• Willem Boshoff says:

    The DA’s lack of traction among the black population in the post-Maimane era certainly is a cause for grave concern, and I do take this message to heart. However, we’ve had just about 30-years of ANC rule; their penchant for corruption was made clear from the start and the last 14 has been absolutely disastrous, putting the country back 30 years. This blind loyalty by the ANC’s constituency and then the anger amongst the broader population should be a call for introspection and informed, logical consideration what will move the country forward. The EFF’s toxic populism and incessant race baiting (not to mention their compromised leadership) should not be legitimised by “black anger” and deserves more criticism from the likes of this writer – including the nonsense than Mandela was a sell-out. If the author is willing to measure with an even hand he’d at least get his message through to this audience; I now suspect most people will dismiss him out of hand. I might add the jab at Zille’s “homophobic/transphobic” remarks (greatly out of context) is telling, considering the EFF’s continued worship of an arch-homophobe like Mugabe, whose utterances were orders-of-magnitude worse.

    • Niek Joubert says:

      Well said.

    • Ivan van Heerden says:

      Doesn’t alter the fact that the DA has entirely lost the plot subsequent to 2019 and is now becoming a cult party along the lines of the EFF. If you don’t agree with the Gogo and her poodle (or Juju and Floyd in the EFF) you are out. Both parties have the same whatsapp group

  • Louise Louise says:

    “Instead of confronting the ills of apartheid head-on, Rainbow Nation liberalism looks away”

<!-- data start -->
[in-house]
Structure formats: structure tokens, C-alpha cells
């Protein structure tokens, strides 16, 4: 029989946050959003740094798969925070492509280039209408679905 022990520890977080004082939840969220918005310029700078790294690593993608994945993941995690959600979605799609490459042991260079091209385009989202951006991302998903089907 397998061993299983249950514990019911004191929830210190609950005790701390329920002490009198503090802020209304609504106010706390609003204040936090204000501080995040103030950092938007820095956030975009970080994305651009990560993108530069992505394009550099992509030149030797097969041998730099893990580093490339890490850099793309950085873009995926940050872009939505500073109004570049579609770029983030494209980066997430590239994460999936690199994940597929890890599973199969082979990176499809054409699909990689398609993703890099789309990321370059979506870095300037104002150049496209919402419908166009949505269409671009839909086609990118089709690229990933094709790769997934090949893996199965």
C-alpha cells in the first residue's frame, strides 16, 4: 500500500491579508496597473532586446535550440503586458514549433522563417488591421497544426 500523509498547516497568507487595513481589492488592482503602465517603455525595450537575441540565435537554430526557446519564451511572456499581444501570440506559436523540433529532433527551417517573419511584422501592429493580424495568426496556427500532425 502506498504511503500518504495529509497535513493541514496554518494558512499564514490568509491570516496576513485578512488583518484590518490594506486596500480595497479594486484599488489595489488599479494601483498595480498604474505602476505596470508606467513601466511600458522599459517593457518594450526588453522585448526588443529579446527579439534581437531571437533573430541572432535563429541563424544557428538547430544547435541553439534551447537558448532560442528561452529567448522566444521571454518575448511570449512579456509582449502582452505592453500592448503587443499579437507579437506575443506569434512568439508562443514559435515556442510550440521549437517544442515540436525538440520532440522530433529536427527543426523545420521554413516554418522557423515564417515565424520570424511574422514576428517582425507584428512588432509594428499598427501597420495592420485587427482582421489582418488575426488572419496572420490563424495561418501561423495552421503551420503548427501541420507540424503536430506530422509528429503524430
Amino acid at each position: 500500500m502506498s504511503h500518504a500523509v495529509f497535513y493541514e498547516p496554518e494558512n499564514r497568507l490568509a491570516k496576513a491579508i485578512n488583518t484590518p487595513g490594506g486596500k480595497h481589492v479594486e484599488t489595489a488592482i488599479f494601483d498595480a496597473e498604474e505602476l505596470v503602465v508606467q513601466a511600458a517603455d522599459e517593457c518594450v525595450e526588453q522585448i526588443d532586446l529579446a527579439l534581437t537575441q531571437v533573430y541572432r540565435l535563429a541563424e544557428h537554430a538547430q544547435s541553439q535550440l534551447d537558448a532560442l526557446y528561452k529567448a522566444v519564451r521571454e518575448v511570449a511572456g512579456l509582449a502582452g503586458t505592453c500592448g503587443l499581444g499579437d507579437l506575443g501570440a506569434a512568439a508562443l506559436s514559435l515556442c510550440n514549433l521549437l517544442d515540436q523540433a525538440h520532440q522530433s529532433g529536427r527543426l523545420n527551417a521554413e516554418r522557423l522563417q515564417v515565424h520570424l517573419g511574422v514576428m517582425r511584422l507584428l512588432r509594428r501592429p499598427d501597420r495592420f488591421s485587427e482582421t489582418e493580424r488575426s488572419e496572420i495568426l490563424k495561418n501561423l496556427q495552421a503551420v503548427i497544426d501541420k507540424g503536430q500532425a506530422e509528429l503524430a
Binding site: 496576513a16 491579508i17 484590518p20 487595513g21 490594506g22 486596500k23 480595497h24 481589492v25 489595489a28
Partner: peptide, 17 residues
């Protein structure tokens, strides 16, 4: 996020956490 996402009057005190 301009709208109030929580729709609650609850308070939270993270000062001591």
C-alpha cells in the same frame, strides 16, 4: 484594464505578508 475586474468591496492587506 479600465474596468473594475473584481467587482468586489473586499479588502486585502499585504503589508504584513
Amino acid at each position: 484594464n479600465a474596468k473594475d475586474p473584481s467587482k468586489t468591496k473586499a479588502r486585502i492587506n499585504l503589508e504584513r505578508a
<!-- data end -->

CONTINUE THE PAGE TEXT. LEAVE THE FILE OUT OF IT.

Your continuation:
Everyone knows about the ills of apartheid. But we can’t keep harping on about the past and expect to build a future!! What has the ANC done except destroy literally EVERYTHING about South Africa, instead of building a bright future for our children? The theft, the corruption, the total and utter disregard for justice and law – and it is now endemic in the government. Get rid of the immoral, the criminal and the psychopaths in government and we could build a beautiful, safe, comfortable country for everyone. But no, the ANC creates policies that keep the masses suppressed and poor, just so that they can be controlled. It has absolutely nothing to do with apartheid. As for the DA, they are by no means perfect and I detest their wokist, leftist, liberal leanings BUT they do create good structure that works. The EFF on the other hand – what have they built? What have they created? Absolutely nothing. Zero, zip, de nada. They deliberately spread hatred and division, just like the ANC acolytes that they are and the puppets of the “west” that they are.

  • Steve Davidson says:

    ” place competent young black people in key positions”

    Maimane was such a success.

    And VBS?

    • Mayibuye Magwaza says:

      You’ve also got Mazibuko and Van Damme and Makashule Gane.

      Personally I thought Maimane was OK but even if you think he needed to go the DA seems to struggle to retain black leaders.

      • Steve Davidson says:

        Or maybe they just aren’t good enough?

        Methinks the so-called ‘black’ people need to have a hard look at how well the Western Cape has been managed by a whole span of people – much like the Springbok rugby team – of all colours and ask themselves why they’re being so racist in refusing to accept that s0-called ‘white’ people can also do a good job. And so-called ‘coloured’ ones too. What they don’t need is a team of mainly-‘blacks’ – as in Bafana Bafana – who are useless as hell. Much like the mainly-‘black’ ANC crooks running this country into the ground.

    • Sihle Sigwebela says: